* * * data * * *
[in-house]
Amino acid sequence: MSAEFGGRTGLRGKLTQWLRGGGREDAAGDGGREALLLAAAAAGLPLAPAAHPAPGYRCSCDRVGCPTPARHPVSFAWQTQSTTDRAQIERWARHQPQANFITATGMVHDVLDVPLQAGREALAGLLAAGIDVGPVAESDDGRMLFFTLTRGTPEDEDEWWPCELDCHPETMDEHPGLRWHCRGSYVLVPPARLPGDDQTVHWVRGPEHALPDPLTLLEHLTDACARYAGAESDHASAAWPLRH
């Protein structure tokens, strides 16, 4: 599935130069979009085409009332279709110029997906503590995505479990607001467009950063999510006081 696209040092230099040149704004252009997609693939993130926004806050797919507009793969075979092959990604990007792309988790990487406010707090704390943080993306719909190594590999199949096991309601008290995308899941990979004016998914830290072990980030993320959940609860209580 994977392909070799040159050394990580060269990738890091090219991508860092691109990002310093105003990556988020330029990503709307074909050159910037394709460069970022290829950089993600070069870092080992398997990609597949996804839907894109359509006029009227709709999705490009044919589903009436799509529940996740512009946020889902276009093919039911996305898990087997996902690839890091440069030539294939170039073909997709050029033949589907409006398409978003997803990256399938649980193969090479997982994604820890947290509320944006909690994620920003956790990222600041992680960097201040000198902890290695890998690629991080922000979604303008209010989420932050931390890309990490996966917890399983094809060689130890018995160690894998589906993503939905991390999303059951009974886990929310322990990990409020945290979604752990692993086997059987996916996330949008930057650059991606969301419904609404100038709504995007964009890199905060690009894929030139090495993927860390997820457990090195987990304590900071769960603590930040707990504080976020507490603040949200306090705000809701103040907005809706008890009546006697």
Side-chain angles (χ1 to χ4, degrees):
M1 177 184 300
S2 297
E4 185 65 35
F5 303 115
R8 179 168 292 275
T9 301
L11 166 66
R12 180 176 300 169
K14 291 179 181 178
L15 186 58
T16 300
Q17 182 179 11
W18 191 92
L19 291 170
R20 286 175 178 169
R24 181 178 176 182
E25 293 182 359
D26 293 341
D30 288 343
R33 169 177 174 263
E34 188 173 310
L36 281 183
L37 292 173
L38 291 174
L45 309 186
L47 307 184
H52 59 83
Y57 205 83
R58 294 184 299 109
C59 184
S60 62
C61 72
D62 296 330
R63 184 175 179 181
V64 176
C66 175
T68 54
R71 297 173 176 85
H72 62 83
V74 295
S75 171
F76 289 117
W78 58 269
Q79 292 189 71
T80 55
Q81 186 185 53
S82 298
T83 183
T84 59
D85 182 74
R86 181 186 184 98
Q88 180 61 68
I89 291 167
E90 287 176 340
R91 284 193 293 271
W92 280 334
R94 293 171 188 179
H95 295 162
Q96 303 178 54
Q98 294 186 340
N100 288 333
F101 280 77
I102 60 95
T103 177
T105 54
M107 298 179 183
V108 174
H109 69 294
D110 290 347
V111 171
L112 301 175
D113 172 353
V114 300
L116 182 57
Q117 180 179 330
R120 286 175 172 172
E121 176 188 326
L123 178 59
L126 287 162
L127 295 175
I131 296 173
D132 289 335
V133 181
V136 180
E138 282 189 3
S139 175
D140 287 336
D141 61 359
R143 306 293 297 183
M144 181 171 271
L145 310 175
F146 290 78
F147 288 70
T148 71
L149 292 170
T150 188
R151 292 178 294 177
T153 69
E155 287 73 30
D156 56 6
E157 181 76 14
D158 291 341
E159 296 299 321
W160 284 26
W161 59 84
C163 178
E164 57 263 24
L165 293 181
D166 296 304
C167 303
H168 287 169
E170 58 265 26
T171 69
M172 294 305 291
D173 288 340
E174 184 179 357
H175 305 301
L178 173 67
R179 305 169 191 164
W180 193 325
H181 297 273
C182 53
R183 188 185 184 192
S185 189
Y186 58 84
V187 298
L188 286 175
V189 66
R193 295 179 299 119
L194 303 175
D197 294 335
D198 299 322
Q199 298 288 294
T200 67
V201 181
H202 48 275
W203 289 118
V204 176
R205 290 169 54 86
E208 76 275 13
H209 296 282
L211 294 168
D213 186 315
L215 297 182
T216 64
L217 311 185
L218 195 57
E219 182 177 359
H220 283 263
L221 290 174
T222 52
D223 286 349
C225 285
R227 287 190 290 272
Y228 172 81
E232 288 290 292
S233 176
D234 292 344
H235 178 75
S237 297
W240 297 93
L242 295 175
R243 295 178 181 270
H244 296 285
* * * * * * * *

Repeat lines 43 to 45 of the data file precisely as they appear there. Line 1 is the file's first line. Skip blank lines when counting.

H72 62 83
V74 295
S75 171